Social care is in many ways a prisoner of its history. Serial failure by governments of the past 25 years to put it on a sustainable footing is ascribed usually to political expediency, the avoidance of cost, the inability of opposition parties to resist a cheap shot, but it stems also from social care’s back story.
As we await the unveiling of the Johnson government’s reform plans, promised by the end of the year, it is well worth tracing where we have come from. And it does not make happy reading. Left out of the core welfare state institutions created in or around 1948, the persistence of both a needs test and a means test for social care means it has never really shrugged off its association with the Victorian poor law.
Fast forward to 1988 and the observation that year by Sir Roy Griffiths that what he called community care was ‘a poor relation; everybody’s distant relative but nobody’s baby’. That still has an awful ring of truth. Griffiths, a Sainsbury’s boss, had been asked by Margaret Thatcher to find a way of capping runaway spending on social security which then funded people living in care homes. His solution – to pass responsibility to local government and give it a cash limit to design, organise and purchase care services – formed the basis of the system we have today.
Many old hands see the introduction of a regulated market as having dismantled the grand vision for social services for adults and children that had been set out in the Seebohm report in 1968 and given concrete form in the creation of social services departments in local authorities in the early 1970s. Bob Hudson is one such veteran and in a new book, he recalls being elected a councillor in Sunderland in 1972 and being appointed to the area’s new social services committee. ‘At the time,’ he writes, ‘it was assumed what was termed ‘the personal social services’ would follow the path to ‘welfare state’ status that had already been taken for health, education, housing and social security.’
Hudson, who went on to have a distinguished academic career and remains a visiting professor in public policy at the University of Kent, chronicles what he sees as the ‘long-running marginal policy status’ of adult social care. His concise and eminently readable book, Clients, Consumers or Citizens?, is sub-titled The Privatisation of Social Care in England and he sees the marketisation that began with Griffiths as now difficult to reconcile with both the hierarchical approach of the state and emerging models of community networks that can underpin care and support.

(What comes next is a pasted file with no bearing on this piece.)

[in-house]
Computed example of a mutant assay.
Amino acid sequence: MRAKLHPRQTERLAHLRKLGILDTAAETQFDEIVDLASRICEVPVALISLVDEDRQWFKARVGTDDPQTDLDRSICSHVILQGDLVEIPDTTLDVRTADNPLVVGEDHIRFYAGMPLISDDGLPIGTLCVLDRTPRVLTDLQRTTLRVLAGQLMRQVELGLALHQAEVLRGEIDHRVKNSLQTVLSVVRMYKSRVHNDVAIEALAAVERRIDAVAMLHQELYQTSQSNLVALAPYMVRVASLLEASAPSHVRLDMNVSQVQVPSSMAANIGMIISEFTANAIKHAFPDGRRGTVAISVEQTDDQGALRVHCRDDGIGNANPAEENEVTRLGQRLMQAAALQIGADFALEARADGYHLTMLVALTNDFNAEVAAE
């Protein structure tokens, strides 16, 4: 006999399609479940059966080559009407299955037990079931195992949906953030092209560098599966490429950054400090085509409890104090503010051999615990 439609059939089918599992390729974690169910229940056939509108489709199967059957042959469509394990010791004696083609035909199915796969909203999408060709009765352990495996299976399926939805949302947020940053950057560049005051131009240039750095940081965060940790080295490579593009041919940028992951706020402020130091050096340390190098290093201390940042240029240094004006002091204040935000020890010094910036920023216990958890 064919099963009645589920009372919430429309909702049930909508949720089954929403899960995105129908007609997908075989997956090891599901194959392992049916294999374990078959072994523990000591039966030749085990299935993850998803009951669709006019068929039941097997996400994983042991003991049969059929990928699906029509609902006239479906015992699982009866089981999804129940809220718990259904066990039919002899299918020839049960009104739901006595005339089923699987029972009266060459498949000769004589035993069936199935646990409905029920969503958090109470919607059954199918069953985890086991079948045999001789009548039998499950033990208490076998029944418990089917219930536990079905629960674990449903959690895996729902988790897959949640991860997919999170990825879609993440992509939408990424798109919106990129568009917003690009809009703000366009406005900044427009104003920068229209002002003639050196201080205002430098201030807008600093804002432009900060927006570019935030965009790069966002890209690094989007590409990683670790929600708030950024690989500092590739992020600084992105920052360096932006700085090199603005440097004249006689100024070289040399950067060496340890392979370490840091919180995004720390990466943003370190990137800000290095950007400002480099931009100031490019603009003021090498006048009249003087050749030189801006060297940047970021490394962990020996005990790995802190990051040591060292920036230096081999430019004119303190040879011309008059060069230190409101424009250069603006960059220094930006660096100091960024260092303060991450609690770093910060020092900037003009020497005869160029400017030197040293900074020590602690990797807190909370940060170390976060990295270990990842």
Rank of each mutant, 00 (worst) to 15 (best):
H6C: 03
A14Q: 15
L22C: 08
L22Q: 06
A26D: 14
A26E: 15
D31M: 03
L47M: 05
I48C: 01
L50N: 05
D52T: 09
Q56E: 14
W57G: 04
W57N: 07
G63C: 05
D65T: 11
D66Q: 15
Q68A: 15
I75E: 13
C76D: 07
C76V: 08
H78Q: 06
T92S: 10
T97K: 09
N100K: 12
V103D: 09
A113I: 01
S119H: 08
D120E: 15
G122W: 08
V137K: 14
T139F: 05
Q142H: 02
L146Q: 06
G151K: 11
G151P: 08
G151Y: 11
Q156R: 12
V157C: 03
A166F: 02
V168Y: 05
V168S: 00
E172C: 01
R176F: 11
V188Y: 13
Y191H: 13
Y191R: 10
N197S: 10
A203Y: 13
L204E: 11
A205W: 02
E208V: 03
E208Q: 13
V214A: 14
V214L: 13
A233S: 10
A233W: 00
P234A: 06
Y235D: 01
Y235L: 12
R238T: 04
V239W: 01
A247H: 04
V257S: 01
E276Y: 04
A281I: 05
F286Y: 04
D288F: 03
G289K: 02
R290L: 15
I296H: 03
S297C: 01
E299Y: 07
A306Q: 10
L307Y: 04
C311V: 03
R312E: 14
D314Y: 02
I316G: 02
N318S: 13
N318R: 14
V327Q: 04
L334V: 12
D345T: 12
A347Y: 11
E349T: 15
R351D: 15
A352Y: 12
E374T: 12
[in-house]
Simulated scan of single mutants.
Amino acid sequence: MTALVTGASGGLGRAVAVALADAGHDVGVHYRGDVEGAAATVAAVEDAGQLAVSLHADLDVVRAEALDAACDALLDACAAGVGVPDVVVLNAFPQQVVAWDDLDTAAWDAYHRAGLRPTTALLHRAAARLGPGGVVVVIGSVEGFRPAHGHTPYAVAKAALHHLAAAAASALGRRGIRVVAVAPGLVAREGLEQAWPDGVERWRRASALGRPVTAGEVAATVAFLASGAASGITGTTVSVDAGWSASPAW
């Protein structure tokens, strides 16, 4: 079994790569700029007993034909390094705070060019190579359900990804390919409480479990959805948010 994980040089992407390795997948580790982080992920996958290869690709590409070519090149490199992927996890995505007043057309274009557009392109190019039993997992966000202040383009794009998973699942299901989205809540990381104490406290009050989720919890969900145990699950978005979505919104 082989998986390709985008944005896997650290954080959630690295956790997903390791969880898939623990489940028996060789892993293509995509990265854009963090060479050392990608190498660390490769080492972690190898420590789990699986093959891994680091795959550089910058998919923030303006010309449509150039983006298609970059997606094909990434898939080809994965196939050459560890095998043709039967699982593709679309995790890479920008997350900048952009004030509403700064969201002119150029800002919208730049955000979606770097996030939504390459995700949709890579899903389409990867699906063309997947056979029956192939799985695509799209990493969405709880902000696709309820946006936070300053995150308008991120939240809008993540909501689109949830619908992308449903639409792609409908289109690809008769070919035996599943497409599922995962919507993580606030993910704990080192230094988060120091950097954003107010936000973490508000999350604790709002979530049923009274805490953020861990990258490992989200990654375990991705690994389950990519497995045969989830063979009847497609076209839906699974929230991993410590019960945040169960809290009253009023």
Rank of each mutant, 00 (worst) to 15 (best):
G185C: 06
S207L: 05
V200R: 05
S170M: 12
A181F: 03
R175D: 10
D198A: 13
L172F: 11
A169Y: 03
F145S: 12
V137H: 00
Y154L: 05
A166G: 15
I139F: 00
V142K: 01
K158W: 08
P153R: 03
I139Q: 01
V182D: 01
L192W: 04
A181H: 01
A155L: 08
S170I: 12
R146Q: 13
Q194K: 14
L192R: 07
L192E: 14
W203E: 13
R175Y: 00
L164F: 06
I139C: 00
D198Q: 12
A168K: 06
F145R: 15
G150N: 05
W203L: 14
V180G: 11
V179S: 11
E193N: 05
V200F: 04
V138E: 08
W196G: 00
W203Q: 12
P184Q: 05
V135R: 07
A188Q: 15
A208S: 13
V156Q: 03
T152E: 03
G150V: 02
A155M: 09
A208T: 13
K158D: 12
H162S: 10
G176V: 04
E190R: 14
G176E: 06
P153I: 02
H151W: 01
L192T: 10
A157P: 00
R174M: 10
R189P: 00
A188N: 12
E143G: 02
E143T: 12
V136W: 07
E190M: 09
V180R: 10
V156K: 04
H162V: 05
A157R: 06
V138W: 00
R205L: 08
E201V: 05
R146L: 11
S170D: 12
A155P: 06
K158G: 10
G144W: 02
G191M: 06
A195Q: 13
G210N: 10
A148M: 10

He adds one more complication thrown up by history. While the 1999 royal commission on long-term care (the first use of the term ‘social care’ does not appear in official documents until 2003) ended up on the shelf, the then Labour government unimpressed by its call for free personal care, Hudson points out that it did have the lasting effect of narrowing the focus to what it defined as personal care, excluding costs attributable to such things as cleaning, laundry, shopping, transport and sitting services for companionship. It reduced our understanding of social care, he argues, to ‘a residual, means-tested service for those needing assistance with bodily functions’.
With the reform debate seemingly about to start, can we defy the drag of history and find a way back from here to an enabling vision of comprehensive social care based on human rights and citizenship and shaped by an ethical framework which, Hudson acknowledges, was one positive to come out of the Covid-19 pandemic? From this starting point, the odds look long.
Like Hudson, Nicholas Timmins is a shrewd observer of the policy landscape. His magisterial biography of the welfare state, The Five Giants, is widely acknowledged as the seminal work on the topic. Social care reform, he has written more recently, is ‘one of the great public policy failures of the past generation’ – and there are few politicians, left or right, who would seek to gainsay that.
But why is it so hard? Timmins suggests it is in fact not one problem, but at least three: ‘Who pays for it? What do people get for it? And how and by whom should it be provided?’ And he goes on: ‘Worse, there is no perfect answer to any of these questions. All solutions will require compromise at a time when there is not a lot of compromise in the air.’
Clients, Consumers or Citizens? is published by Policy Press
David Brindle is a care sector commentator and former public services editor of the Guardian. He is chair of Ambient Support.
Photo Credit – Danie Franco